The Children's Commissioner Dr Maggie Atkinson believes there are illegal exclusions where children are sent out of school but nothing is recorded about their absence.
Worse, no alternative education is put in place for them. She thinks they may not feature on the nation's radar.
Excluded kids are usually disruptive kids. They may also be hostile and rude.
But they still need an education.
They are also the preoccupation of today's educational thinkers and policy makers who have realised that excluding kids from school and then effectively abandoning them on the streets is a sure way of raising an army of troublemakers.
When I interviewed two young excluded lads in Sheffield last week it was apparent to me immediately that their education - at the age of 15 - was effectively over. They had tried the patience of their teachers beyond measure and disrupted the education of their class mates. They both came from chaotic homes with appalling role models.
Easy to see why then, they were spending most of their days OUTSIDE the school gates rather than inside them. And what were the streets teaching them by way of education?
"I end up hanging round with kids twice my age" said 15 year old Connor. "I started smoking weed and doing real naughty stuff. I'm getting in worse trouble."
"I wish I could go back and learn but it's too late," said his friend Levi, also 15, accepting that his days of learning anything useful and within the law were over.
The parents of his hard-working classmates would no doubt cheer. But who is cheering for Levi? Levi and Connor are just a couple of the 23,000 kids currently permanently excluded from school and in "alternate provision" or AP. Where AP works well it can be a mixture of supervised home learning, car mechanics, apprenticeships or college education. Where it doesn't work it means effectively AN - or Absolutely Nothing.
Connor had five weeks during which that's exactly what he did - wandering the canals and shopping malls of Sheffield City Centre. Now he's lucky he if gets a couple of hours a week of English and maths.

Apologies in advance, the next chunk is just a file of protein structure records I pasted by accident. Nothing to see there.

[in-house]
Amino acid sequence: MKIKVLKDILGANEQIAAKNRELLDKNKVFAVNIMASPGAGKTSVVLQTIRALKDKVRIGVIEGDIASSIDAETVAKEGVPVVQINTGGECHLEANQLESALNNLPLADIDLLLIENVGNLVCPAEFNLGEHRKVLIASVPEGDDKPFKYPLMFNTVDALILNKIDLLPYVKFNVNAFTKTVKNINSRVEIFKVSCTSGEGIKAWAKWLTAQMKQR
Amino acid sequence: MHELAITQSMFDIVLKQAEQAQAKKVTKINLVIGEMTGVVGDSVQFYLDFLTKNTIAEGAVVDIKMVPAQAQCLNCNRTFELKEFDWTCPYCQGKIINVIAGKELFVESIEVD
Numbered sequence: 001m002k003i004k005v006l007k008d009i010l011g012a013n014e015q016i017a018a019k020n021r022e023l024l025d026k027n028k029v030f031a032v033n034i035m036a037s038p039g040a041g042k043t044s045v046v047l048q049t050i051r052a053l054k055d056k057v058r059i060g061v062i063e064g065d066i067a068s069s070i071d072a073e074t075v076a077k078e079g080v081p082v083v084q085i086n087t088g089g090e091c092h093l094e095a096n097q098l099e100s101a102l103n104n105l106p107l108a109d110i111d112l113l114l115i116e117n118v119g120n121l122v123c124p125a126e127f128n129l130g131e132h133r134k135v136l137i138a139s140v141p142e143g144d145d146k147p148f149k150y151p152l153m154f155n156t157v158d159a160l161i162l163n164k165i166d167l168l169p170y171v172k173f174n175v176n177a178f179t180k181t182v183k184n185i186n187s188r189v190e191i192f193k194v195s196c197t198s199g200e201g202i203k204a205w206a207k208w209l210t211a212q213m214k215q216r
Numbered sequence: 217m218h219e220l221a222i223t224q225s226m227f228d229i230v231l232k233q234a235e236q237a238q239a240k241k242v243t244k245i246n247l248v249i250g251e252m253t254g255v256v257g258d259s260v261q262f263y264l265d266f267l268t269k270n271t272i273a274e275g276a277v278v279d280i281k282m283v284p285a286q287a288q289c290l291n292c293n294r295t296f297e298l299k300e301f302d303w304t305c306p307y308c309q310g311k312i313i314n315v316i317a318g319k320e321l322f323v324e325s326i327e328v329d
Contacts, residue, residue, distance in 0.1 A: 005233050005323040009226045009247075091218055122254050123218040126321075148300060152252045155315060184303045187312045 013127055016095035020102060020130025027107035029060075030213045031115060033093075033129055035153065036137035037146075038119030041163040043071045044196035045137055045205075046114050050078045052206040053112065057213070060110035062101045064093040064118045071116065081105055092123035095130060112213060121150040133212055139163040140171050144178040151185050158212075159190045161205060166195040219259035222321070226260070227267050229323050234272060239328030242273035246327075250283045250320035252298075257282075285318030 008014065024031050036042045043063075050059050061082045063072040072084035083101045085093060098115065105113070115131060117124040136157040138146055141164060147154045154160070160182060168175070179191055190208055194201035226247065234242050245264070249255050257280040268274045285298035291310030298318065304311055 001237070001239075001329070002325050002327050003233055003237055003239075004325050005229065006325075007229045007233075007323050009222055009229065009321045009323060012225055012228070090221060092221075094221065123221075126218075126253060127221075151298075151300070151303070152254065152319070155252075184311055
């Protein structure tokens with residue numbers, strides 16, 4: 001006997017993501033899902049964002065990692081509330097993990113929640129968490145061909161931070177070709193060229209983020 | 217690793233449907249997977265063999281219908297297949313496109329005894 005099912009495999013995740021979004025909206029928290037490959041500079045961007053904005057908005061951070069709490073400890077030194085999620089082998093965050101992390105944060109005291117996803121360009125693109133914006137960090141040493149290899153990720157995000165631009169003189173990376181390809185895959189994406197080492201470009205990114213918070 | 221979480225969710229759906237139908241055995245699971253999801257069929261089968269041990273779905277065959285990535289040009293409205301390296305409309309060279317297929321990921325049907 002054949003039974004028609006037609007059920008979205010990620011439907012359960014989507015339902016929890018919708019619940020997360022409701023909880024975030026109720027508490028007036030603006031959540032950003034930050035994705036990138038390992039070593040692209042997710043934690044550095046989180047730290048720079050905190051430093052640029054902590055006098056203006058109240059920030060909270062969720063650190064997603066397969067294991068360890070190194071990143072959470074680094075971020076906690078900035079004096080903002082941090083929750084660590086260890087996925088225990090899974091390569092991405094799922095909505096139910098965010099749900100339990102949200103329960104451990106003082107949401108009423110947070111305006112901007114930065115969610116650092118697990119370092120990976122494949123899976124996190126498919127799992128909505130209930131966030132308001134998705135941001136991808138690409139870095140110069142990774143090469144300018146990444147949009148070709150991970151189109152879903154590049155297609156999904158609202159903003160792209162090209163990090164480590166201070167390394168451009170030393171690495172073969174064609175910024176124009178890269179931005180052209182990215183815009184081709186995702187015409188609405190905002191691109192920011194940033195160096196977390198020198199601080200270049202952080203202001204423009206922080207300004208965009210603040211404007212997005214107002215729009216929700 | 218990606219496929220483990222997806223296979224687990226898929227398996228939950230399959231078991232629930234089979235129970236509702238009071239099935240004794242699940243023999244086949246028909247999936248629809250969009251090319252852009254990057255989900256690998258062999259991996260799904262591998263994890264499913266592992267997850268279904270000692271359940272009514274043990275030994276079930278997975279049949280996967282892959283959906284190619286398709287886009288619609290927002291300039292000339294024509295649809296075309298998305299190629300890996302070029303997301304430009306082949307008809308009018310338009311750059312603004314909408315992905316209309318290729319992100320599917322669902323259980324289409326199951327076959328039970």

Jane Evans is an educational policy advisor for the charity Barnados. She says that excluding children from chaotic homes doesn't help them. "Early intervention is the key to persistent disruptive behaviour," she told me.
Barnardos is successfully working with schools in Blackpool and Weybridge to keep disruptive kids in school and learning. Last week I revealed that one in three of those convicted in last summer's riots were children who had been excluded from school. This was a fact which inspired the Department of Education's Advisor on Behaviour Charlie Taylor to examine how to improve provision for these difficult children. His report concentrated on Pupil Referral Units and was highly critical of the low standards and low expectations found in these units which he said was failing a generation of our neediest children.Around 14,000 excluded children are sent to PRU's"If we don't help these children, if we don't educate them, we are fuelling a cycle of crime," he told me. Connor and Levi already both have criminal convictions. Connor's dad is in prison. He doesn't want to end up there himself. But the education he is receiving on the streets instead of in school isn't going to do much to stop him ending up like his dad - behind bars.